One of our favorite don't ask, don't tell topics in the finance world is the foreclosure mess. Call it Foreclosuregate , the Credit Crunch or the Housing Crisis it just will not go away.
Simply put for greater econ minds than mine:
When you base your wholesale economic growth on property being just another giant credit card, you are going to be SOL when said property (ies) cease(s) to appreciate in value.
As much as we want to bury our hamster noses into the ground and diligently burrow to a better day, it ain't happening on the wholesale level until the housing market improves.
Last week, a significant event occurred in this tedious process.
U.S., both took a face dive in the Supreme Court of Massachusetts when it was deemed that they were not the legal mortgage holders at the time of foreclosure;making their ability to foreclose and collect ...nil.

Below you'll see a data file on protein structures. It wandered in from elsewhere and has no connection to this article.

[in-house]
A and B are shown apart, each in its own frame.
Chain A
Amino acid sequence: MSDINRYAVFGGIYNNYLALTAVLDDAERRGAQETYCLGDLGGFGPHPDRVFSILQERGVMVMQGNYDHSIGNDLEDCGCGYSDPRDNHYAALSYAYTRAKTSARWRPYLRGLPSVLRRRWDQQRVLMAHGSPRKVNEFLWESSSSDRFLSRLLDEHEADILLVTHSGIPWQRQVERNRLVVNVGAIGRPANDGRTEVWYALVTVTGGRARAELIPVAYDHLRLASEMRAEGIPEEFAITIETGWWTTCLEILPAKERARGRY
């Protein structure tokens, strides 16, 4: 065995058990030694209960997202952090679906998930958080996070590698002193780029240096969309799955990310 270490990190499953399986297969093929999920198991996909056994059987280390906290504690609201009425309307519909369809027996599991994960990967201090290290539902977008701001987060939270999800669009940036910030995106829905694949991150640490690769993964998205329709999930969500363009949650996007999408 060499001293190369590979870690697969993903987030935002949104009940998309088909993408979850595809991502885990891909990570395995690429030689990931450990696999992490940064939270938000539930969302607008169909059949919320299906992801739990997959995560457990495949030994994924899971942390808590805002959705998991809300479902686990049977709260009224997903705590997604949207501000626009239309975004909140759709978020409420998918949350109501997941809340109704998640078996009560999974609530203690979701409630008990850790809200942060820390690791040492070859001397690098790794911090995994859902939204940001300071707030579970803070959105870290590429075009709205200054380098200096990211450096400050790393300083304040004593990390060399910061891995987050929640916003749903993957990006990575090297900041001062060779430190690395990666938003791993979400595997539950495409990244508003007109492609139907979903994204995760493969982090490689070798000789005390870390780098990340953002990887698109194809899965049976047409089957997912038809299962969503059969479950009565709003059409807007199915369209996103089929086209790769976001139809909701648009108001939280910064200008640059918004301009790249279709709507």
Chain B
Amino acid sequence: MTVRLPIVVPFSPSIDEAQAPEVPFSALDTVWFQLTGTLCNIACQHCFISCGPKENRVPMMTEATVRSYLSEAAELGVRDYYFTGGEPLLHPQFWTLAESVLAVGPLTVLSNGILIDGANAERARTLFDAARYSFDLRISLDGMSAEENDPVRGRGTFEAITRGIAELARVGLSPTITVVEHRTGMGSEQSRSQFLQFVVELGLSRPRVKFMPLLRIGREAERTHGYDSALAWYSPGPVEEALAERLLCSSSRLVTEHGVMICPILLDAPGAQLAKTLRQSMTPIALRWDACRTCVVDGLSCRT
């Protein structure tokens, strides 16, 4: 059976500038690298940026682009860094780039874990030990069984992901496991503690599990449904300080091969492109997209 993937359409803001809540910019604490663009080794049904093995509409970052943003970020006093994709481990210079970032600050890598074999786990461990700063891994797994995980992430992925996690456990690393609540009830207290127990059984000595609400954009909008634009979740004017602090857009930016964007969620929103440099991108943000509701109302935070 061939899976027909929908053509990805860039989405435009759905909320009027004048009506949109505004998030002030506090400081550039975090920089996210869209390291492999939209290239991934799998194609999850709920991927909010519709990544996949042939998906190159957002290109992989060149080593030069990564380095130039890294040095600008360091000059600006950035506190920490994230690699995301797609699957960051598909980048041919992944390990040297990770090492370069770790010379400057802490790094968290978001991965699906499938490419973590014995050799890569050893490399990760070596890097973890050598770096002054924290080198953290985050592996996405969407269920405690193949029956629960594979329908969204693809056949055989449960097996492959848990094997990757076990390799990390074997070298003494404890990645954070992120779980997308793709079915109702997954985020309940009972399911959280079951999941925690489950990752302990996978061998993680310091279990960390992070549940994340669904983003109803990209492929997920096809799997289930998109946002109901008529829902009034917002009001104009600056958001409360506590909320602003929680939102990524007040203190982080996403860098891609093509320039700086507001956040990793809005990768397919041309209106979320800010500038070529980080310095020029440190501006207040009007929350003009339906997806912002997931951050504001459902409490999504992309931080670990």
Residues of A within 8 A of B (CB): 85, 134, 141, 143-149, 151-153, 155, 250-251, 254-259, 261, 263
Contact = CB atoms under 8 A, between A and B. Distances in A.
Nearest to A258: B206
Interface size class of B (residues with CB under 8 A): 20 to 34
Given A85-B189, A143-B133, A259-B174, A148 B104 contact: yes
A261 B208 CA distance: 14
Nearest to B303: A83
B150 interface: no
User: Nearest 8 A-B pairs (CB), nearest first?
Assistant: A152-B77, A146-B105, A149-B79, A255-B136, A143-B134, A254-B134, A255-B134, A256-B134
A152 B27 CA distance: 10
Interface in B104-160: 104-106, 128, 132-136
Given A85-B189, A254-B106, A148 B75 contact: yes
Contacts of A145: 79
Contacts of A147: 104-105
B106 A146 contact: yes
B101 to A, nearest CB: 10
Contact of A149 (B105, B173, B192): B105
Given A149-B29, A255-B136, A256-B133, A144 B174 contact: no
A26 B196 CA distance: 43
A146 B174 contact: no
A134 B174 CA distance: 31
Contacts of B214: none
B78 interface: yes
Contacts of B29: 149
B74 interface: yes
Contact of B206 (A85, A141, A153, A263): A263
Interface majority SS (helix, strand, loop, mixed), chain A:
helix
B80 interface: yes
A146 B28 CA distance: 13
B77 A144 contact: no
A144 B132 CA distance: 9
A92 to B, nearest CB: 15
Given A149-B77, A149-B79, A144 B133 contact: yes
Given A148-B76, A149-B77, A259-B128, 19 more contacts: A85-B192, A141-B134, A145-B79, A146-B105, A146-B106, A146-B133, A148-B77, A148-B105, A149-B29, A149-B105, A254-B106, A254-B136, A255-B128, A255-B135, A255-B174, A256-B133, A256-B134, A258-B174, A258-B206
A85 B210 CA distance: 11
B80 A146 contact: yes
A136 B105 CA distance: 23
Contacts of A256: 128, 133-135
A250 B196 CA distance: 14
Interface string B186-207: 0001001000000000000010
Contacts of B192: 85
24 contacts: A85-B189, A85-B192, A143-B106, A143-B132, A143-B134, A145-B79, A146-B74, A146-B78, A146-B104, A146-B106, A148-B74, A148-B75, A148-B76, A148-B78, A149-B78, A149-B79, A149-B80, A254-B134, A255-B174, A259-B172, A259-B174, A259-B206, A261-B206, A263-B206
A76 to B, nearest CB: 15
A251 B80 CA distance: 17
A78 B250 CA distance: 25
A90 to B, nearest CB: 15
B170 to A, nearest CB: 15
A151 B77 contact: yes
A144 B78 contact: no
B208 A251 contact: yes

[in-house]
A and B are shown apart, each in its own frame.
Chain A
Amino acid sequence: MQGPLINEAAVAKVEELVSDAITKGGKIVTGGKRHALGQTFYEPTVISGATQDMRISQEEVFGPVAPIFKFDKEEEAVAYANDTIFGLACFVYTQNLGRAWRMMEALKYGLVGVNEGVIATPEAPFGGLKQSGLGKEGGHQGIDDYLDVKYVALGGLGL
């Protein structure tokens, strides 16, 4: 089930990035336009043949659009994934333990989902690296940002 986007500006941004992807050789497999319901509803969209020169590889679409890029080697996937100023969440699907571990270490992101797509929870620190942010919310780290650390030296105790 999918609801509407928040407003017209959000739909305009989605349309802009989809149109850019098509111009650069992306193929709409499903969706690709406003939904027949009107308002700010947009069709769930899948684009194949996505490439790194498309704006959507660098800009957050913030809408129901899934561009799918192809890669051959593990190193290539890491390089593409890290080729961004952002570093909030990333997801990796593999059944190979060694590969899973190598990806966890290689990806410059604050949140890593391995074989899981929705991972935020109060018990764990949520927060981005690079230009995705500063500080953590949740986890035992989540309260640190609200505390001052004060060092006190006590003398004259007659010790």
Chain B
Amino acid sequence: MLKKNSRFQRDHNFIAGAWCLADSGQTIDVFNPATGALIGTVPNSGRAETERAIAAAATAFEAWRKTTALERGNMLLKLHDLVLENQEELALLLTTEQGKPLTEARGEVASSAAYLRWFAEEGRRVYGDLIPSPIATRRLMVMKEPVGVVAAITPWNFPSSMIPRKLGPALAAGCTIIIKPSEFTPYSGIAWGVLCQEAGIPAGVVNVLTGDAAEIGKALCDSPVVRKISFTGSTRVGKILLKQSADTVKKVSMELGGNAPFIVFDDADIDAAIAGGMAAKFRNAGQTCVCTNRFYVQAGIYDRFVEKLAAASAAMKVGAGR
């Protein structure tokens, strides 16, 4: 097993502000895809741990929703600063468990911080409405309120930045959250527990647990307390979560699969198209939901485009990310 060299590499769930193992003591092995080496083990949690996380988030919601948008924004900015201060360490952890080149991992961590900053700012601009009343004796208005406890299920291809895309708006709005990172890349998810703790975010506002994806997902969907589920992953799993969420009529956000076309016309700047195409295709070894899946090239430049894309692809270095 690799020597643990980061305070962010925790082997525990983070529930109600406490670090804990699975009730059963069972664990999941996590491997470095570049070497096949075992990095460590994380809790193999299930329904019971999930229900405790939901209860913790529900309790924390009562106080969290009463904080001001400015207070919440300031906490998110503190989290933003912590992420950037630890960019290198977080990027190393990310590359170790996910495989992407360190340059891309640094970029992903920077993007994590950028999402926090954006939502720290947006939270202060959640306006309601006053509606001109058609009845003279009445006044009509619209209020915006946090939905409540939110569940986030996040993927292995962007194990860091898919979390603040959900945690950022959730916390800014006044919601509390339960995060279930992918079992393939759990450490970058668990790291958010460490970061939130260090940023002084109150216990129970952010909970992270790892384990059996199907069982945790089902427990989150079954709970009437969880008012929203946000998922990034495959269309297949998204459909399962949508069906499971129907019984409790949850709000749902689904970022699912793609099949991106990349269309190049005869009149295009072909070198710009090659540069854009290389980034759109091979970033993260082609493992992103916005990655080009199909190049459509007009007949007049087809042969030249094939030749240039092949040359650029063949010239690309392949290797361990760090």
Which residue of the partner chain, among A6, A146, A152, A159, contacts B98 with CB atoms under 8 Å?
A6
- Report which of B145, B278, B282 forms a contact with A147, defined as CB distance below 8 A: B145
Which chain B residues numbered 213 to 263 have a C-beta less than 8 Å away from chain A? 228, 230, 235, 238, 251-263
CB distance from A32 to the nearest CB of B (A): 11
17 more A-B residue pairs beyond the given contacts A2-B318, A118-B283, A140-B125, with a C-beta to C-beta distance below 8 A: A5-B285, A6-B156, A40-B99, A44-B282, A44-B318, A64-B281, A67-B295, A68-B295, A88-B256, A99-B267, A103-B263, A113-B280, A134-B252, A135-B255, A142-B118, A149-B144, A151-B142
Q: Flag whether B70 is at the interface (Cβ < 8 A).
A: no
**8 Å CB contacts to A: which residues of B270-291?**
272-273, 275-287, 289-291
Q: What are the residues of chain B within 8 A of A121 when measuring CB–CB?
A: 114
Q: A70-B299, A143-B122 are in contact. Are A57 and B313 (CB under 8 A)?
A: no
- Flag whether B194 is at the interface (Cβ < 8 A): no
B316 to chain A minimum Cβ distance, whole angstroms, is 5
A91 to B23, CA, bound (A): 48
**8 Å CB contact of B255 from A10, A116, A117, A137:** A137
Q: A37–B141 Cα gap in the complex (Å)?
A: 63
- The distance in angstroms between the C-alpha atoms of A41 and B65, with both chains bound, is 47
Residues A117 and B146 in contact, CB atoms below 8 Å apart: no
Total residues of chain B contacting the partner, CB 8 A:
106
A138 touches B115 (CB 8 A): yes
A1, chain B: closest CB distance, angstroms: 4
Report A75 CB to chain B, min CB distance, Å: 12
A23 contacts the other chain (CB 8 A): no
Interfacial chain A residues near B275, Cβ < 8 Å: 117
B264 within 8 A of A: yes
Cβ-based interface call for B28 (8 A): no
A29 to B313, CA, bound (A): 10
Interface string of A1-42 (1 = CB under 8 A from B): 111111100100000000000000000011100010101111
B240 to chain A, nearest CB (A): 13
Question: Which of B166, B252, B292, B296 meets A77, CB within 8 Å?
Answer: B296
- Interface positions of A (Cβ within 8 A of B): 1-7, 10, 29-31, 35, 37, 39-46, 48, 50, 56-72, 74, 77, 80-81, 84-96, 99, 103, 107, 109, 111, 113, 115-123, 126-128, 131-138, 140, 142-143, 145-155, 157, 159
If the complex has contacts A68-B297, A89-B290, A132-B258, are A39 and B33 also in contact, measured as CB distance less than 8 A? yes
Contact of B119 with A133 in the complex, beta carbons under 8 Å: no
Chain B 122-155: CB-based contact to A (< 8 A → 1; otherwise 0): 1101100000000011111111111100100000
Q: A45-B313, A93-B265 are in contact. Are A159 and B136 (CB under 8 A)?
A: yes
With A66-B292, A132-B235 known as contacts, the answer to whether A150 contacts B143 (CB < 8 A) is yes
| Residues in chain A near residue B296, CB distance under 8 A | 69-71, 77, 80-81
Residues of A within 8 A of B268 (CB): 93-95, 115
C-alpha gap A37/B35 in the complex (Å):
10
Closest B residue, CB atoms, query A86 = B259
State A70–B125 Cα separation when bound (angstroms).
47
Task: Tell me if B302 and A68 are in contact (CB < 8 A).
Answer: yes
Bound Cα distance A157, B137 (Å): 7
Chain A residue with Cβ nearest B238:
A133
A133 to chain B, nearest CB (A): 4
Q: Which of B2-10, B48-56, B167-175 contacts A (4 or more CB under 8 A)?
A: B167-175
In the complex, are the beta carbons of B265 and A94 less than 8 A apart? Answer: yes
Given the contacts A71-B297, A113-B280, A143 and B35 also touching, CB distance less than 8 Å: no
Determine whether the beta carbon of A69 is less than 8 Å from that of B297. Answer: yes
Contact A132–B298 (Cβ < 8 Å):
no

This case, which (for our legal buffs and lawyers) looks to become the holding precedent in such adjudications may spell great/terrible news, depending on the perspective you hold in this regard.
As many of you here, I hold the firm and simple belief that borrowed money need be repaid. Many times in the past I have shaved valuable months and years off of my own life clock to repay debts that nobody could have ever forcibly collected upon.
I did this because it was the right thing to do, in spite of it being a burden upon my own selfish interests.
That having been said, when you reneging on $5,000,000,000 worth of their own mortgage obligations, it gets tougher and tougher to take the hard banker line...for me, at least.
Curious where you guys stand now that the Credit Crunch is (supposedly) in the rear view.
Where do you see the housing market going from here?
What sort of recovery will come about with housing markets continuing to languish?
...and most importantly...
Are you prepared for the aftershocks of a massive wave of planned foreclosures?